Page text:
Add pictures here
✖
<% if( /^image/.test(type) ){ %>
<% } %>
<%-name%>
Add image file
Upload
On Sun, 27 Jan 2008 09:21:18 -0500, Bubba wrote:

I called another company, as you advised, and they came out this morning. They said they'd charge $80 to come out and that would be put toward parts. They too were not sure what the problem was, but here is verbatim what they wrote on the sales slip afterward.
Can you help decode this for me? The furnace is working but I think only because he changed a setting on one of the motors.
Here's what he wrote ...
Found PSC Motor Running slow and High Limit kicking out & re-setting either bad motor or dirty coil. More than likely coil. Motor is not hot to touch. $80
Add pictures here
✖
<% if( /^image/.test(type) ){ %>
<% } %>
<%-name%>
Add image file
Upload

The PSC motor is running slower than it should be and the limit is tripping.

Thats what he thinks is the most likely cause of the above.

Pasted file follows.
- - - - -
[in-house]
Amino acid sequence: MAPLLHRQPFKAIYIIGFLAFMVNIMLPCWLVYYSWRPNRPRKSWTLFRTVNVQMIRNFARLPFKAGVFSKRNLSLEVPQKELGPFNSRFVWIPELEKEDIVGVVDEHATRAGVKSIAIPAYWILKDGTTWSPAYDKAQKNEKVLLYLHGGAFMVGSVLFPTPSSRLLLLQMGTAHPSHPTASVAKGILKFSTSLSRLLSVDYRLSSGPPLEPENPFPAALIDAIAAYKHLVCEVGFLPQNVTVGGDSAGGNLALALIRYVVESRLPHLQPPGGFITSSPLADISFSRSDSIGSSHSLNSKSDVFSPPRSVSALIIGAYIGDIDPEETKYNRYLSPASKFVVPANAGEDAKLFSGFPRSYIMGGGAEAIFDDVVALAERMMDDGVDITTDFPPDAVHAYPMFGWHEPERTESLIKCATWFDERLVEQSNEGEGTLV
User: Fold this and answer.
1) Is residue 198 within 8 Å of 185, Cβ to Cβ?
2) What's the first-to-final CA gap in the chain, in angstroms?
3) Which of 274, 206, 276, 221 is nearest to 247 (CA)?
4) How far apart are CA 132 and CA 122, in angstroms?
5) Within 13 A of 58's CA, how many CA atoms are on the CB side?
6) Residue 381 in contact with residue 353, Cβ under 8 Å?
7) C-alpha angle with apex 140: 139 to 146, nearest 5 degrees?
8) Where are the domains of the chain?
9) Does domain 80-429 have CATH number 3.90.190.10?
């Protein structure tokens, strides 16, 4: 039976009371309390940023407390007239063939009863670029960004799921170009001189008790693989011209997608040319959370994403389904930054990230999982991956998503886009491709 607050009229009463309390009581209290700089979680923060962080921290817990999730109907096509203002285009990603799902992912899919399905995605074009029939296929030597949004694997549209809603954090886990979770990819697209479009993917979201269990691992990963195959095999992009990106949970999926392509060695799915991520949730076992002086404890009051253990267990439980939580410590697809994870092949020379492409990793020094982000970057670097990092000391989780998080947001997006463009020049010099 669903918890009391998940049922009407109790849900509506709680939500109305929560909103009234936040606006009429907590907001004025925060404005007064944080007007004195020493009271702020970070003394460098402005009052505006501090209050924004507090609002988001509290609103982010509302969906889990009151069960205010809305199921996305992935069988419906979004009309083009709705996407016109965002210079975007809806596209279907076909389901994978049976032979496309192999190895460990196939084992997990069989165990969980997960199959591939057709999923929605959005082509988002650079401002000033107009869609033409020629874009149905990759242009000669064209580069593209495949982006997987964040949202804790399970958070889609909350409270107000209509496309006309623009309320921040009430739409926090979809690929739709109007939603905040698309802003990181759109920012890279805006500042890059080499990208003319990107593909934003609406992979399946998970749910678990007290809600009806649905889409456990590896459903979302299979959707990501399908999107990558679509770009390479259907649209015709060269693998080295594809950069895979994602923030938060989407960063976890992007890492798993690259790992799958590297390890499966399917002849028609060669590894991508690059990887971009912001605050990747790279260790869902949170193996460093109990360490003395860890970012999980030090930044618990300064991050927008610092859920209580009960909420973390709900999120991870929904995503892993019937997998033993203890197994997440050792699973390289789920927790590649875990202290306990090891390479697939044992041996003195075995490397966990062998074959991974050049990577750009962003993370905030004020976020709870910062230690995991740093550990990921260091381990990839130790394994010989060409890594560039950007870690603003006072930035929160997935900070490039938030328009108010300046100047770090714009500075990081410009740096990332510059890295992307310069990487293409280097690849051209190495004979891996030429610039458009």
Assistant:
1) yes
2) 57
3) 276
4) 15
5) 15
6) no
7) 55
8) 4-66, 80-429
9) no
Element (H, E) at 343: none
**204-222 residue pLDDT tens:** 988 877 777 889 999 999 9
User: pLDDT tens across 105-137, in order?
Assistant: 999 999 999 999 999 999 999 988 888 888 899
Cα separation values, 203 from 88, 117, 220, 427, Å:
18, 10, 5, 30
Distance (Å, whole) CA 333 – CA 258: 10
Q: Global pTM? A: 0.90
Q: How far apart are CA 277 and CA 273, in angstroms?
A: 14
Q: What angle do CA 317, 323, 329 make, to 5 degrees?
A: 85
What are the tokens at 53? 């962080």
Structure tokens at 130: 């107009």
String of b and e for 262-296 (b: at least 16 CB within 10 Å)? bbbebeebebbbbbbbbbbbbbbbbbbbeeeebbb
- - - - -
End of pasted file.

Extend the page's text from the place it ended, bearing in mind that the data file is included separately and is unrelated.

That should be obvious.

So its unlikely to be a bad motor.

Add pictures here
✖
<% if( /^image/.test(type) ){ %>
<% } %>
<%-name%>
Add image file
Upload
On Sun, 27 Jan 2008 12:34:22 -0700, "Donna Ohl, Grady Volunteer

PSC is Permanent Split Capacitor motor. Again, I hate to say but you got someone that doesnt want to spend the time to give you a proper diagnosis. A motor is easily diagnosed. A dirty coil is too but just takes a few minutes more with an inspection camera to be stuck inside the furnace where the limit control is. Aim it up at the bottom of the evaporator coil and wahh-laah. You have a picture of the bottom of the coil.........clean or dirty. Id tell them to come back out and give you a proper/definite diagnosis. If its a dirty coil you'll have to have it cleaned and then get a filter system that keeps the dirt off of it. Bubba
Add pictures here
✖
<% if( /^image/.test(type) ){ %>
<% } %>
<%-name%>
Add image file
Upload

Related Threads

    HomeOwnersHub.com is a website for homeowners and building and maintenance pros. It is not affiliated with any of the manufacturers or service providers discussed here. All logos and trade names are the property of their respective owners.